Waning Gibbous Moon

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The best time to really look at the moon is when it is partially lit. Through a telescope or even binoculars. It’s much easier to see the layers of the surface. The place to look is at the median where the night and day meet. Here you can see the shadows cast by the craters against the moon floor. You then begin to realize all of those small Swiss Cheese like images are mountains and valleys created by asteroids over time.

A Mummuration

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Tens of thousands of birds are on the move as fall approaches. I was fortunate to watch a murmuration in downtown Murfreesboro. A Murmuration is when thousands of birds are flying together and seemingly move as one. Normally seen at dusk as they are searching for a place to roost for the night.

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Harvest Moon 9.16.16

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I have had several comments on this shot. A lot of people see two hands reaching out to each other. I didn’t notice that originally but I definitely see it now. This shot was taken just minutes after moonrise. The picture below was about 15 minutes after moonrise. I had someone ask me why the color of the moon is so orange when it first comes up only to turn white as it gets higher in the sky. When you are looking at the moon as it first rises you are looking through layers of atmospheric conditions. Such as dust, air pollutions and smoke. These conditions absorb the blue light and transmit the red As the moon rises those elements have dissipated and you see the true color. You can see how within just minutes the color changes.

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Sunset 9.14.16

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Eastern Pondhawk Dragonfly

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The males turn blue as they get older.

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Amberwing Dragonfly

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Gulf Fritillary

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Low Fog

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This shot was taken around 6:15 last Saturday in Woodbury Tennessee. The weather was just right to hold the fog down in place. Below was about 30 minutes later.

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Spicebush Swallowtail

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It’s fairly hard to get a shot of a butterfly flying, at least for me. However this guy was lumbering around in the same spot. So I got a few shots.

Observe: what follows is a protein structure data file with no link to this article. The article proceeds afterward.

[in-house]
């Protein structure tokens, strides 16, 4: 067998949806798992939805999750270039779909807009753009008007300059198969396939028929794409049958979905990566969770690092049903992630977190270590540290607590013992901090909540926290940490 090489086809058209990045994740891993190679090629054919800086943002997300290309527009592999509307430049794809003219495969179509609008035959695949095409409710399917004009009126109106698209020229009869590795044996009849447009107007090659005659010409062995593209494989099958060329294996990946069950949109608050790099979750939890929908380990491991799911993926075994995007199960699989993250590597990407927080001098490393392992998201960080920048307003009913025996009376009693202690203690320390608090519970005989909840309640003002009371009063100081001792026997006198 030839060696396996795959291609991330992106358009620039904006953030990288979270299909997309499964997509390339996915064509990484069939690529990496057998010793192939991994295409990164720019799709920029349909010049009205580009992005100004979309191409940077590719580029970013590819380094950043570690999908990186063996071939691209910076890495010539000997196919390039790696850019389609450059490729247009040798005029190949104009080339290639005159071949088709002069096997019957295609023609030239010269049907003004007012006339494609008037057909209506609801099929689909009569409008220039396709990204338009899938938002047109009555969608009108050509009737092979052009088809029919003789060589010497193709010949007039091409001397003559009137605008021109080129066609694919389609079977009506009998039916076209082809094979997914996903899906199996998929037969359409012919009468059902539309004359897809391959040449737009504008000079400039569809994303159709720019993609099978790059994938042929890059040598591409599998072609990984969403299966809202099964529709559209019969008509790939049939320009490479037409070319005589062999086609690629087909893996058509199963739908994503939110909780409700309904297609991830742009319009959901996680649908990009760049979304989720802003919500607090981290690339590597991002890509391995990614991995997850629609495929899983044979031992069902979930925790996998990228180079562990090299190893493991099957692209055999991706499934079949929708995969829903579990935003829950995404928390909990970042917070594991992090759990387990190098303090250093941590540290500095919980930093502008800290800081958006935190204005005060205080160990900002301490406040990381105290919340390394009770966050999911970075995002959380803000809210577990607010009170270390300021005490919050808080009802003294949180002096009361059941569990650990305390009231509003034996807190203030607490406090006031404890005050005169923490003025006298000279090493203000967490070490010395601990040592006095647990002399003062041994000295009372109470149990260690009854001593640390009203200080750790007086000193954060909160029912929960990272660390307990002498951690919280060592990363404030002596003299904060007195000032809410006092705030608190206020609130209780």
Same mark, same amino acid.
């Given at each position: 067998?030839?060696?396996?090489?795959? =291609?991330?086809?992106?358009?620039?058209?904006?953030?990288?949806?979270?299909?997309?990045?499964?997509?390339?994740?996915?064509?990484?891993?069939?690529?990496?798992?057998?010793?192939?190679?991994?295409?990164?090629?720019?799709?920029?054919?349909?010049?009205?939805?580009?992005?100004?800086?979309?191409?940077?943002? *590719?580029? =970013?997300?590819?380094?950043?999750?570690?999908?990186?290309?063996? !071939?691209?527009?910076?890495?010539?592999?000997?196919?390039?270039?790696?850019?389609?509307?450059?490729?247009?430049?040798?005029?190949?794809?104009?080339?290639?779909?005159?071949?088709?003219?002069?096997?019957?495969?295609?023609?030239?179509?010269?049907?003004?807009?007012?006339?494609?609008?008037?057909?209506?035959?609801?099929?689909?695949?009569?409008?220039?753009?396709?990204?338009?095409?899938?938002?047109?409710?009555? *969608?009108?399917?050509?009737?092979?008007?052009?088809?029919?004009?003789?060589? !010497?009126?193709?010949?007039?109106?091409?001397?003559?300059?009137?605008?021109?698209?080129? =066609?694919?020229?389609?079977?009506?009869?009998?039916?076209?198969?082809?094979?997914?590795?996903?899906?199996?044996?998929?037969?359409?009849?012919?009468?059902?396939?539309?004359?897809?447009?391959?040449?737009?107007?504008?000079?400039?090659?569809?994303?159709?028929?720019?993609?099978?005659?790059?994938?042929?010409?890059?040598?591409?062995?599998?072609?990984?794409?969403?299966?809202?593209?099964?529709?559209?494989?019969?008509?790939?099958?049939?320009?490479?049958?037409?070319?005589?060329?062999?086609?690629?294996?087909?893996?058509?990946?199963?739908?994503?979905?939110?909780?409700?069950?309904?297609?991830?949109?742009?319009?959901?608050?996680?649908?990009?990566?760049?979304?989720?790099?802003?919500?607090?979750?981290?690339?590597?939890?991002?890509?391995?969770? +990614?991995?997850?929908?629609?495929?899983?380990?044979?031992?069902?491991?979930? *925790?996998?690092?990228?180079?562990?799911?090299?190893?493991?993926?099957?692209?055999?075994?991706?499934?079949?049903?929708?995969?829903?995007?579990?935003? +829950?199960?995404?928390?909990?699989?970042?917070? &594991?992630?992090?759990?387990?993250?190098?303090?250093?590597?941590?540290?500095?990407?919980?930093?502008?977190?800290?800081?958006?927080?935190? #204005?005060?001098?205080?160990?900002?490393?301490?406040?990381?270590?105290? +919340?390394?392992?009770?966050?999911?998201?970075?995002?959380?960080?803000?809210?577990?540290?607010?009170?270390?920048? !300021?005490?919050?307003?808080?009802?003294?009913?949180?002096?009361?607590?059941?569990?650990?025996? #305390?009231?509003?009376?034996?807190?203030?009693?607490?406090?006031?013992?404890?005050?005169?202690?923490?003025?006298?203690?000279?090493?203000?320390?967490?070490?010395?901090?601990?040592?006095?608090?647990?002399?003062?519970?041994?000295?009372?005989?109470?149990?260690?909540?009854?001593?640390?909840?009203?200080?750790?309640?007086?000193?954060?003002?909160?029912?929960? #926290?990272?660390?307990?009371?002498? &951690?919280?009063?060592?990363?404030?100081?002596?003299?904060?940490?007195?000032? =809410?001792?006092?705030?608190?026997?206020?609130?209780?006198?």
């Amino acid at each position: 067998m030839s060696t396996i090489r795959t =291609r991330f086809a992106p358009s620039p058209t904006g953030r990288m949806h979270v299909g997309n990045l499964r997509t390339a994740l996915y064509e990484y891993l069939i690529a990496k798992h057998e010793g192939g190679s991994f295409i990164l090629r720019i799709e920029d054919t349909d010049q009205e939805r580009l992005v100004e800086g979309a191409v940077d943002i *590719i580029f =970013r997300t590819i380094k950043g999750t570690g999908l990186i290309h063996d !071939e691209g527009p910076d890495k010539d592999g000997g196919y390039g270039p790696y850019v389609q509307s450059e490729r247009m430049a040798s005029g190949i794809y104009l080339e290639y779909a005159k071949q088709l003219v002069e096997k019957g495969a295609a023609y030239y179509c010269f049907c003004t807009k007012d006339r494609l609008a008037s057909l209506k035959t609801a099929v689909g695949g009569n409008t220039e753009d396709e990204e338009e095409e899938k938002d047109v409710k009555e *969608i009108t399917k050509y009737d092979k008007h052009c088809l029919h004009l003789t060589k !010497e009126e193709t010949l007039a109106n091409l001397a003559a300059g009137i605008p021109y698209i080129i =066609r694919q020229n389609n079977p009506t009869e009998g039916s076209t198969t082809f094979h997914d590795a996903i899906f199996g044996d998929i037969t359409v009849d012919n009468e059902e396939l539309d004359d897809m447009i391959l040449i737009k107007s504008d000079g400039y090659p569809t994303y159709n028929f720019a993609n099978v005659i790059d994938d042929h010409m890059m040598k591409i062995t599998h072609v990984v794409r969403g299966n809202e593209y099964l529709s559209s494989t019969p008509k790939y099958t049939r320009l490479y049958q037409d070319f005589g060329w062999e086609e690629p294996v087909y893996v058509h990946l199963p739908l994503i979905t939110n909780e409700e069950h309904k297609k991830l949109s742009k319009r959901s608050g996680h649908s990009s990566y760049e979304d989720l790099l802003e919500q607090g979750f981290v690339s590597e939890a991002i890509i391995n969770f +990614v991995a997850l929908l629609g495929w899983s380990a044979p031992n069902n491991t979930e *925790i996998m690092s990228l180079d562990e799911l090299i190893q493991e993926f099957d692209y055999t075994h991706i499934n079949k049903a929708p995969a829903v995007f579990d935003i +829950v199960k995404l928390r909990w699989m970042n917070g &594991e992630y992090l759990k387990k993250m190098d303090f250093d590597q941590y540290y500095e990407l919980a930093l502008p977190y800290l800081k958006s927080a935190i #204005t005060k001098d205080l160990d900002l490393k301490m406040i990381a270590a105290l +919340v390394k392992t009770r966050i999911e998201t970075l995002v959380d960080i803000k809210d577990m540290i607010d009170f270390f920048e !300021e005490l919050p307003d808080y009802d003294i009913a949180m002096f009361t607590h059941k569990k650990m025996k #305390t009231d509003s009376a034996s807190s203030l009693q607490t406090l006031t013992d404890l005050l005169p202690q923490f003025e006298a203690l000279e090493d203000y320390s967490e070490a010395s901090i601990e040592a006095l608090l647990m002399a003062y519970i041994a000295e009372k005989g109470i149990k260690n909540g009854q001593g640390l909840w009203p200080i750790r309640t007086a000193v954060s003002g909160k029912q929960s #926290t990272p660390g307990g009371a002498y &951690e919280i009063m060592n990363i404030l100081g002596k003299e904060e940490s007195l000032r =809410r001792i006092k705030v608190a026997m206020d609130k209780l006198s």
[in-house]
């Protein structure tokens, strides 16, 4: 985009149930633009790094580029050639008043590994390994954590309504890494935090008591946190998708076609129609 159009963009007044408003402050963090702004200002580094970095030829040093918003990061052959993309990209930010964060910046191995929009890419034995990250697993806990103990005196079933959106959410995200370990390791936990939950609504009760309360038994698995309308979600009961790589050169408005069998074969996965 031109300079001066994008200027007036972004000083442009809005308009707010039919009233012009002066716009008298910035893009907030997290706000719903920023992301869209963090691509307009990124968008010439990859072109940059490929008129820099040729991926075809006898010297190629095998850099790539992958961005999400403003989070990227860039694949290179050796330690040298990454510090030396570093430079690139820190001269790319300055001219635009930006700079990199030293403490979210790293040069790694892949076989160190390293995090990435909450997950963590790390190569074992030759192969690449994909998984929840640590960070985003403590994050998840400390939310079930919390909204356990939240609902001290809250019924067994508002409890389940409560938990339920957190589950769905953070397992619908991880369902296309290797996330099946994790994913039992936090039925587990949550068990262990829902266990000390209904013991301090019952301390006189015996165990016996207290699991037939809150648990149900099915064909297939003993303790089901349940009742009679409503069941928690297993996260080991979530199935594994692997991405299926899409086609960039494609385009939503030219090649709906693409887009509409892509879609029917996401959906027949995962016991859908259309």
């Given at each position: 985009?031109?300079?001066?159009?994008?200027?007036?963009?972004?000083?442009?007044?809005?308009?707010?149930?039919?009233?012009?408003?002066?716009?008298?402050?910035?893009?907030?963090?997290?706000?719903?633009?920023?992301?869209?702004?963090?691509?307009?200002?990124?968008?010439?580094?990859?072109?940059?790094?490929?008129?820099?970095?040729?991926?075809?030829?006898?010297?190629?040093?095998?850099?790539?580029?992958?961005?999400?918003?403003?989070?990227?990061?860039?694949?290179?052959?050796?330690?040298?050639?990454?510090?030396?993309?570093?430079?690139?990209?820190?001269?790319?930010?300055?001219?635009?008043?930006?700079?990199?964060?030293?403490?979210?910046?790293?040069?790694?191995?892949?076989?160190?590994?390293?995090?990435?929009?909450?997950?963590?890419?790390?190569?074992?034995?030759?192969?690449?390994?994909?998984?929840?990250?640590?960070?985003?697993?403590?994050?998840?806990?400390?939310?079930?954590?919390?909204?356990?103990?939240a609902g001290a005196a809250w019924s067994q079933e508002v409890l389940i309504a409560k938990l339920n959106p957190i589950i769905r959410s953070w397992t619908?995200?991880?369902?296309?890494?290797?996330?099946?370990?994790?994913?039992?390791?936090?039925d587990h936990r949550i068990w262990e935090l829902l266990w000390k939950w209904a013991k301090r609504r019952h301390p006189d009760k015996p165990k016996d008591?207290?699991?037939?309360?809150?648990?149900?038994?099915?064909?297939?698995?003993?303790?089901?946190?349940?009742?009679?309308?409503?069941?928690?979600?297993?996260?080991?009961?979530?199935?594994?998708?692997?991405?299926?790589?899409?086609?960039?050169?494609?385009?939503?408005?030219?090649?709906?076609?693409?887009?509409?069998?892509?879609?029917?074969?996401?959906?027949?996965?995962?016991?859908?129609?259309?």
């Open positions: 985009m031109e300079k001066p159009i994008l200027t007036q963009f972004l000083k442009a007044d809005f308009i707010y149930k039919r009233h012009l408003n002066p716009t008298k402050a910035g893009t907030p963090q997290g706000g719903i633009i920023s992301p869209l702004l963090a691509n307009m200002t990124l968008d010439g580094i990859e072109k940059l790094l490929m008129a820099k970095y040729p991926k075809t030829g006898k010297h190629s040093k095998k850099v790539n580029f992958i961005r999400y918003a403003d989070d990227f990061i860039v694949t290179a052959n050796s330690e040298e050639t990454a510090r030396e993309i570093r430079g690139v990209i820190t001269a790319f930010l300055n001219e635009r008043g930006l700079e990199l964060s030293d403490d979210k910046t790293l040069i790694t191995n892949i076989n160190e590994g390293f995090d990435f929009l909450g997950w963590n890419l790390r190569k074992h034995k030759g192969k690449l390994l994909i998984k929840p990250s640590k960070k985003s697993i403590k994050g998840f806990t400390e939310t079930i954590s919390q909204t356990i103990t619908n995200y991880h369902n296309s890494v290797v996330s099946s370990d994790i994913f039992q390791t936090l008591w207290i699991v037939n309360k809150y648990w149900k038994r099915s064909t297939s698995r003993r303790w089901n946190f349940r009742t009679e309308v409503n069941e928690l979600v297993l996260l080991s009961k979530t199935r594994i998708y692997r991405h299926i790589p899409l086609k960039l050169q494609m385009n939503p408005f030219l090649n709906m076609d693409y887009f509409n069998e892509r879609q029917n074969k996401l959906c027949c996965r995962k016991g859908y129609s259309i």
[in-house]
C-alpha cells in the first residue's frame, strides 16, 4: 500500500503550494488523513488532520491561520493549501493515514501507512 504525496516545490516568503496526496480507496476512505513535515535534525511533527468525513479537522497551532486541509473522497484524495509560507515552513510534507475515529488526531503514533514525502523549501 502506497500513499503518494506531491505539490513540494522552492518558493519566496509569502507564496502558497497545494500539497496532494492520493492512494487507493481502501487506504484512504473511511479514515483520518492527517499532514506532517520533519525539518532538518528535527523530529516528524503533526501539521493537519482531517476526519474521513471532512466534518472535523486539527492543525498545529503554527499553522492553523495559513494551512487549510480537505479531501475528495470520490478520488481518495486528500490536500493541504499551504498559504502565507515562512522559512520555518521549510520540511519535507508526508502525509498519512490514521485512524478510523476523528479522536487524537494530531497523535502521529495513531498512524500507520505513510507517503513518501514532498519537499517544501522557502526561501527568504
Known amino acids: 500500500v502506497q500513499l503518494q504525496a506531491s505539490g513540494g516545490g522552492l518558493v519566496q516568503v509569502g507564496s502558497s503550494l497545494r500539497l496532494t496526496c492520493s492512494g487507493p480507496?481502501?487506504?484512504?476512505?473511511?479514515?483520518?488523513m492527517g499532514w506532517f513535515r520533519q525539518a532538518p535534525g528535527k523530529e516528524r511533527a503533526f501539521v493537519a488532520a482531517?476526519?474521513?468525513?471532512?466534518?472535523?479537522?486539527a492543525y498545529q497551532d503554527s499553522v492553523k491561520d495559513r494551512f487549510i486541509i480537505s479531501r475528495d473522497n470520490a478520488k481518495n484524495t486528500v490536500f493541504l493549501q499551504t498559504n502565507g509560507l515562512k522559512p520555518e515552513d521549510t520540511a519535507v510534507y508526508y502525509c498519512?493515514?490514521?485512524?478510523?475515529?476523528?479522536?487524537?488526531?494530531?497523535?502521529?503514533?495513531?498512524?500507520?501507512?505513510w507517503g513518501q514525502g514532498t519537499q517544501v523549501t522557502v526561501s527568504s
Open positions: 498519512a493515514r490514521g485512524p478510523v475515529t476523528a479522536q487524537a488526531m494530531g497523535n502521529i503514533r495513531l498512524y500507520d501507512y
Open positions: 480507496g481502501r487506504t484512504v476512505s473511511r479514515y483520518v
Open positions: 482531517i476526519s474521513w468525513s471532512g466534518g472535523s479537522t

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Pipevine Swallowtail

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I got this shot at Long Hunter State Park here in Middle Tennessee. He was perched on some local bee balm. I love the iridescent blue colors.

Common Water Snake

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Field of Blazing Star

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This field in Long Hunter State Park was beaming with these six foot spires of Blazing Star. Butterflies, Moths and bees were definitely enjoying the nectar.

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Common White Tail Dragonfly

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This female landed on this wooden bench as if to say take my picture. So I did.

Below is a male. They have a white body vs the females brown. Also different patterns on their wings.

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Common Buckeye

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I love the markings on these butterflies. I am an earth tone kind of guy and I love Halloween. So orange and black with some browns and cream colors you can’t go wrong.

Green Dragon

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This is a native wildflower. This one happens to live at my house. I have lots of native wildflowers as well as shrubs and trees. They are easy to grow as they have had hundreds of years to acclimate to our crazy weather. In the Spring when this plant comes out of the ground for several weeks it looks like a Dragon. I guess I should have taken a picture of it then for its namesake. I thought I had but can’t find it. Next Spring it’s on my to do list.

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Clear Wing Moth

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Last year I hardly saw any of these moths. This year they are everywhere. They are also known as the Humming Bird Moth. They fly just like humming birds but are just a little smaller.

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Sunset 8.27.16

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Purple Damselfly

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Double Crested Cormorant

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This is a young Cormorant. As they get older their wings become black. I recently heard someone call them lake chickens. Look at the picture below and you can see why.

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Ironweed

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It’s that time of the summer when Ironweed makes its appearance. You can’t miss it if your looking. It can grow seven feet plus tall. I am not sure why it is named Ironweed. I have just assumed that it’s namesake comes from how tough the plant is. It loves the heat and doesn’t appear to be affected by the lack of rain. However it definitely doesn’t look like a weed this time of the year.